similar figures.
                                          Begin Slowly – Just Begin!
Low-Prep Differentiation                                    High-Prep Differentiation
Choices of books                                            Tiered activities and labs
Homework options                                            Tiered products
Use of reading buddies                                      Independent studies
Varied journal Prompts                                      Multiple texts
                                                            Alternative assessments
                                                            Learning contracts
Varied pacing with anchor options                           4-MAT
Student-teaching goal setting                               Multiple-intelligence options
Work alone / together                                       Compacting
Whole-to-part and part-to-whole explorations                Spelling by readiness
Flexible seating                                            Entry Points
Varied computer programs                                    Varying organizers
Design-A-Day                                                Lectures coupled with graphic organizers
Varied Supplementary materials                              Community mentorships
Options for varied modes of expression                      Interest groups
                                                            Tiered centers
Varying scaffolding on same organizer
                                                            Interest centers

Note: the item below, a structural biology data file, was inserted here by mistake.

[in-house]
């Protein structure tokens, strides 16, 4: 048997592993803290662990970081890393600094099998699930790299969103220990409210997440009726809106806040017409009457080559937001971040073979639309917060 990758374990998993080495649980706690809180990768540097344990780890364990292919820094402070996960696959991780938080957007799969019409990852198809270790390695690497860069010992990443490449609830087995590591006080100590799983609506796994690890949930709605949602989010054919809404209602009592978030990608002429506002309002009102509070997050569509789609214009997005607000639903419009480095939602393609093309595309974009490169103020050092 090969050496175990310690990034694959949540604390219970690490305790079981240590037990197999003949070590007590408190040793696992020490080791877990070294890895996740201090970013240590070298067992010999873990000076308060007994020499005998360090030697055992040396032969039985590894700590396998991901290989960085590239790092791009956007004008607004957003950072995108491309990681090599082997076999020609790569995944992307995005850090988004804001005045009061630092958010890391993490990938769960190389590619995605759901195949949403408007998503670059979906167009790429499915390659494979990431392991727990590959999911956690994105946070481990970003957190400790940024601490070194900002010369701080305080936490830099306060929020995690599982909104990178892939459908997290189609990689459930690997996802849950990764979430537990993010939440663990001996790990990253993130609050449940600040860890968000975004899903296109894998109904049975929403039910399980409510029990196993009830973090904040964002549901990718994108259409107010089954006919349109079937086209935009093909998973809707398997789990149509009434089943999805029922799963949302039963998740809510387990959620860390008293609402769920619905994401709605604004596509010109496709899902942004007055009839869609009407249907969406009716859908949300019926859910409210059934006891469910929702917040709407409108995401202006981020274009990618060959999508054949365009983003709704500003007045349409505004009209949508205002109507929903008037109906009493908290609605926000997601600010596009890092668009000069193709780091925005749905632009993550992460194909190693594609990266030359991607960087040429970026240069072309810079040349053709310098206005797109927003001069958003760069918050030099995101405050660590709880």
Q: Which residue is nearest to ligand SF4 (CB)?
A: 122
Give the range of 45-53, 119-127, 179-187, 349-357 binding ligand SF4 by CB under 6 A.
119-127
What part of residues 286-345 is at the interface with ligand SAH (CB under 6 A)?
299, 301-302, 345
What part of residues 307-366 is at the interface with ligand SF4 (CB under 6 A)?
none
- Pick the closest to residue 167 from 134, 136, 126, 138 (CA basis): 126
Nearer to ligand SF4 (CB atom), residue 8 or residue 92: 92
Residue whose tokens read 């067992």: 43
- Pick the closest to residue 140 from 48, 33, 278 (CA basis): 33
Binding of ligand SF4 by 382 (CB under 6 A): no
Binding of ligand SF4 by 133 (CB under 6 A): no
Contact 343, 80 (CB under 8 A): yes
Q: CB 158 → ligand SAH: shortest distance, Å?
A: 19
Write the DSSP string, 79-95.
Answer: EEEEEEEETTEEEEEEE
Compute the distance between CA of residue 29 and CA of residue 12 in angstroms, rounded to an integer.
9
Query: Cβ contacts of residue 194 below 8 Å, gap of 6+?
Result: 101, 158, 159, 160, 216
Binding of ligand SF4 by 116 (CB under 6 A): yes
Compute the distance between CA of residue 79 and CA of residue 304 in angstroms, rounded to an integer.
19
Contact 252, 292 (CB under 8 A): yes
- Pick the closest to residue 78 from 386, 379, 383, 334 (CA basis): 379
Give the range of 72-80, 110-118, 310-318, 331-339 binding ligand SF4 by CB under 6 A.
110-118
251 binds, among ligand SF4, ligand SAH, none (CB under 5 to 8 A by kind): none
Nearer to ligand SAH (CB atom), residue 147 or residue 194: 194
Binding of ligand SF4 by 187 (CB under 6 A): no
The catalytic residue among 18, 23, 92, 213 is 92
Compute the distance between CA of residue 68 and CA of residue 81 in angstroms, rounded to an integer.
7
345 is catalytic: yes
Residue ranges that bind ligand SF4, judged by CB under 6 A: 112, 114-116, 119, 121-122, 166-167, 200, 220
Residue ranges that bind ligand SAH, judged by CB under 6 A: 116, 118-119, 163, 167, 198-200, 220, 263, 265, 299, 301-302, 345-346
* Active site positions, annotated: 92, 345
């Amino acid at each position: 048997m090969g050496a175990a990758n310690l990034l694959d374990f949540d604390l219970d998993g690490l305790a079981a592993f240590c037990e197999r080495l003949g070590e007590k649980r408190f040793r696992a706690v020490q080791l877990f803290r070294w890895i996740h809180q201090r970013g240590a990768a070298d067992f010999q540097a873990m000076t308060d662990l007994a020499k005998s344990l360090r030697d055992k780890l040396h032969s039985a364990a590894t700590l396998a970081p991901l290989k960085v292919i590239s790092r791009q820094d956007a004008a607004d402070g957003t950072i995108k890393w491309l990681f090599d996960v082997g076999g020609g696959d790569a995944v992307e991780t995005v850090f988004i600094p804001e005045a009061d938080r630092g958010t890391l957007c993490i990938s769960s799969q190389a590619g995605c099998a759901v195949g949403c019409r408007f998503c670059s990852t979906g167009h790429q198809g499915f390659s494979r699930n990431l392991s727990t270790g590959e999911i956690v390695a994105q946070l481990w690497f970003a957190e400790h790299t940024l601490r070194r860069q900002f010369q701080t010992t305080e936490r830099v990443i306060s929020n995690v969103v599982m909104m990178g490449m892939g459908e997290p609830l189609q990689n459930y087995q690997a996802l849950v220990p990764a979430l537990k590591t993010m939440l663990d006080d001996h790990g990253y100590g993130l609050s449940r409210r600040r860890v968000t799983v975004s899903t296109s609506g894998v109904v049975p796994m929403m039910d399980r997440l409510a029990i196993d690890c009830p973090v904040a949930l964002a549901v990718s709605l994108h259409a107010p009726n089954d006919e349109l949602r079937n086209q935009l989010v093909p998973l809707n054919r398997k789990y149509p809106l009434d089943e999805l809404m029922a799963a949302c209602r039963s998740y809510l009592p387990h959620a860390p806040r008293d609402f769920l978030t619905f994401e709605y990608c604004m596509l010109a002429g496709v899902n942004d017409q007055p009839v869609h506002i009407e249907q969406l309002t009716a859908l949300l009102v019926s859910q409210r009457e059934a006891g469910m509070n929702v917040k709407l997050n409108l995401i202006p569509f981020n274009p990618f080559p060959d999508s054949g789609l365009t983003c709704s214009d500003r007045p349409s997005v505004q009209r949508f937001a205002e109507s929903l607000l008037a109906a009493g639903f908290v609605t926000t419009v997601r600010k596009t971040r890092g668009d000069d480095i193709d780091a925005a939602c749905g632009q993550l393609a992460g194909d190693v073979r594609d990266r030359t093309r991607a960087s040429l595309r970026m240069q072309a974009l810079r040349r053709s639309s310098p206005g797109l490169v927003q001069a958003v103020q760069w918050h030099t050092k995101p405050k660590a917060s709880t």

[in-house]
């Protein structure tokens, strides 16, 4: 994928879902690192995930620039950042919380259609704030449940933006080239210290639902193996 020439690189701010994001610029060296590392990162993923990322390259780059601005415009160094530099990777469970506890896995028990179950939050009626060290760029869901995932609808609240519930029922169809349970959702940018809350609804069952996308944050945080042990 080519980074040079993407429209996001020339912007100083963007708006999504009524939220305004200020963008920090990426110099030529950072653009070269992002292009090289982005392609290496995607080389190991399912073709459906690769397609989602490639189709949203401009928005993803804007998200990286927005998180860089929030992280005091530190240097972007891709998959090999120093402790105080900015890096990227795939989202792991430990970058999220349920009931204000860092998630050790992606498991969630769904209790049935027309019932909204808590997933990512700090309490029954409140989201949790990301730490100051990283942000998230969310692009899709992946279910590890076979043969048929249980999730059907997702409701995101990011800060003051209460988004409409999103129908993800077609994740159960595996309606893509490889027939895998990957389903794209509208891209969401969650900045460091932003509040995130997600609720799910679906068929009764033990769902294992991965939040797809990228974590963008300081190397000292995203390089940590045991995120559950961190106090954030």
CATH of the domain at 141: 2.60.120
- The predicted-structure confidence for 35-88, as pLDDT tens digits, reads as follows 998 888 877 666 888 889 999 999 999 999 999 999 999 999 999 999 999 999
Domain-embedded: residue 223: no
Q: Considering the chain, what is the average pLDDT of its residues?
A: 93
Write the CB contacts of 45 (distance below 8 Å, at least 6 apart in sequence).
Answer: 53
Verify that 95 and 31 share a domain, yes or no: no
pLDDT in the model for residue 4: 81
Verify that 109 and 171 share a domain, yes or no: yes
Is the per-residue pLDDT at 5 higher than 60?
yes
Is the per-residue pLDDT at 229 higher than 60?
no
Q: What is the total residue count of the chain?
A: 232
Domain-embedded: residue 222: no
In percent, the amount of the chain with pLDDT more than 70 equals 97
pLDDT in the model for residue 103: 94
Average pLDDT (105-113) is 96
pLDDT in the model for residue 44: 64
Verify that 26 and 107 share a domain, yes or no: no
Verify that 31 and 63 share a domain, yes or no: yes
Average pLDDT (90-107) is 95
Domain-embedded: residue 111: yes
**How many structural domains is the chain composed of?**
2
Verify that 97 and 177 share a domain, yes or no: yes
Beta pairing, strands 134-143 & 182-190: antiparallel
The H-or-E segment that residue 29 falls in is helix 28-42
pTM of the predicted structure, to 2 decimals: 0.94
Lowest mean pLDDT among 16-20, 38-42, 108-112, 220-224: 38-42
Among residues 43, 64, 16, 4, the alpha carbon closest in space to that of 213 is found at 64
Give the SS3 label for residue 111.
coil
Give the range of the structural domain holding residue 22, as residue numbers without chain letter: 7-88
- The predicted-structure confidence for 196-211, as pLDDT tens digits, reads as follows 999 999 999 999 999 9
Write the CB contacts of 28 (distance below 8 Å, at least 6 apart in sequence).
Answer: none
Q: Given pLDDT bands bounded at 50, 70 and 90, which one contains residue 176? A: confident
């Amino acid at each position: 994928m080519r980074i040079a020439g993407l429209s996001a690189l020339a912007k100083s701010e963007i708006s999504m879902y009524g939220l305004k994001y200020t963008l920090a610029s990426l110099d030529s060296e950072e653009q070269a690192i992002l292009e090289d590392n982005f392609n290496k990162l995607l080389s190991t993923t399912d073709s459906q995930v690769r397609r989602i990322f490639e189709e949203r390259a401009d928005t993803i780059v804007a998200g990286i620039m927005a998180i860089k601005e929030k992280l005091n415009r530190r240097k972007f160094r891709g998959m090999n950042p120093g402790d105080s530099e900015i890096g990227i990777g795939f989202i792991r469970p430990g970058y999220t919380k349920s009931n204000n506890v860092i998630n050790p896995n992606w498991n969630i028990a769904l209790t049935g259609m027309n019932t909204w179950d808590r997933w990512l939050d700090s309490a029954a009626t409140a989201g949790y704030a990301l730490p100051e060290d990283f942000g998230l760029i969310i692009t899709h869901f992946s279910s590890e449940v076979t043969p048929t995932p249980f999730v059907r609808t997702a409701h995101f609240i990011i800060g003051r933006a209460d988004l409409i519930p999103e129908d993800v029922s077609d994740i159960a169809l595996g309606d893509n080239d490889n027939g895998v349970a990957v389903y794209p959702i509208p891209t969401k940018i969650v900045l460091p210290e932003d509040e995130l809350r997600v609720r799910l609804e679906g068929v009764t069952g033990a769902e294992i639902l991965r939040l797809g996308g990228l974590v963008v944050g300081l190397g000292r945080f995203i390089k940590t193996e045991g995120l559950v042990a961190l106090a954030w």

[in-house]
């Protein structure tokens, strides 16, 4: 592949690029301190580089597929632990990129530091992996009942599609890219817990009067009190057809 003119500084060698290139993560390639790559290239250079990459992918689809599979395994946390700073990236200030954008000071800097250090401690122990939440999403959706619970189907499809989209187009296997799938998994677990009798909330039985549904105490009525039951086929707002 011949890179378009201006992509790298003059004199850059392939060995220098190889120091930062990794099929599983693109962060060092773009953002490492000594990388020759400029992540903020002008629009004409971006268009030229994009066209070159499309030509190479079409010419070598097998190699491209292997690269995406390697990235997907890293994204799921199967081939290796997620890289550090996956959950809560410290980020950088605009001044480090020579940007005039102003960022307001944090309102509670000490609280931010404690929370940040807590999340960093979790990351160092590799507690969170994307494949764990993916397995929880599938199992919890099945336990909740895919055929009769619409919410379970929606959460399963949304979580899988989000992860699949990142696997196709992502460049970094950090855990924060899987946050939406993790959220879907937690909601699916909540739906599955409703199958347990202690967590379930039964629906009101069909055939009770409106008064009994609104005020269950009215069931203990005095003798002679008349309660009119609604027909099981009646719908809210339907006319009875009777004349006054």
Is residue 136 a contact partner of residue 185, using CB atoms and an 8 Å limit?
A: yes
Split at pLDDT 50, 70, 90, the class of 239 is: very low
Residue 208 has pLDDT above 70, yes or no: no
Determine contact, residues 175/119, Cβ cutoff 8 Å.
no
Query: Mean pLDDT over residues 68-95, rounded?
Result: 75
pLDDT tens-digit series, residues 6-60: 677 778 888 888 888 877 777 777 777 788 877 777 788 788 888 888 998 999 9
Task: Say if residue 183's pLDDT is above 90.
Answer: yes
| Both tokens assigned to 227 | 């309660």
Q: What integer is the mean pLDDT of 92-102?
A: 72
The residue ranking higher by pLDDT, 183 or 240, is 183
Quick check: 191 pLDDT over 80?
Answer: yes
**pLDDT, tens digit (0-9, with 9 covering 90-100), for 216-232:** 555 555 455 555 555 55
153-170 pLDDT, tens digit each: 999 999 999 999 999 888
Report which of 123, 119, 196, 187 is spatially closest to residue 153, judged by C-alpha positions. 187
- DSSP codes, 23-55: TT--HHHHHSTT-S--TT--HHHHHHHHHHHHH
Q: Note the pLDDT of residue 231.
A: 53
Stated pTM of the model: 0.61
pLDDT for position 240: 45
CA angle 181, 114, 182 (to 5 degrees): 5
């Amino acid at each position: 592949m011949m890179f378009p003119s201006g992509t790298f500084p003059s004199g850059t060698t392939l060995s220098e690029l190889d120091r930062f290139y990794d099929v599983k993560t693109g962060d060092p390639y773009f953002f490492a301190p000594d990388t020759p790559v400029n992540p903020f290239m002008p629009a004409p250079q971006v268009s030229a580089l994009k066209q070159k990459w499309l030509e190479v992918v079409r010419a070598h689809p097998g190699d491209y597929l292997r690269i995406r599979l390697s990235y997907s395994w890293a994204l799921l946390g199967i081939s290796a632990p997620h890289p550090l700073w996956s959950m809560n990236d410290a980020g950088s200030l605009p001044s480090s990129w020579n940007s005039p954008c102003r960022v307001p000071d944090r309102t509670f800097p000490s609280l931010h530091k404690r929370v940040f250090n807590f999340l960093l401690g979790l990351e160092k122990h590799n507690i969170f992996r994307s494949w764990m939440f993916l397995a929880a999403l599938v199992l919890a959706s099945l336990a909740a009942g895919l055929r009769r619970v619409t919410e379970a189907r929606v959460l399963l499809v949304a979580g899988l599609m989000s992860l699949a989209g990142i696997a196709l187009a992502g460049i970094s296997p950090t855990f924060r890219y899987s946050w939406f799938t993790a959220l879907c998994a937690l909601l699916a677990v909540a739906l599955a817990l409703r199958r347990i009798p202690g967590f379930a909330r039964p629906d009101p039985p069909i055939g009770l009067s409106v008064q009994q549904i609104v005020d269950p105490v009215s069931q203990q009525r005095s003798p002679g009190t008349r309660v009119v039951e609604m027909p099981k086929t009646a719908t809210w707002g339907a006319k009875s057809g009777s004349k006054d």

Let’s Make a Deal projects                                  Personal agendas
Computer mentors                                            Literature Circles
Think-Pair-Share by readiness, interest, learning profile   Stations
Use of collaboration, independence, and cooperation         Complex Instruction
Open-ended activities                                       Group Investigation
Mini-workshops to reteach or extend skills                  Tape-recorded materials
Jigsaw                                                      Teams, Games, and Tournaments
Negotiated Criteria                                         Choice Boards
Explorations by interests                                   Think-Tac-Toe
Games to practice mastery of information
                                                            Problem-Based Learning
Multiple levels of questions                                Graduated Rubrics
                                                            Flexible reading formats
                                                            Student-centered writing formats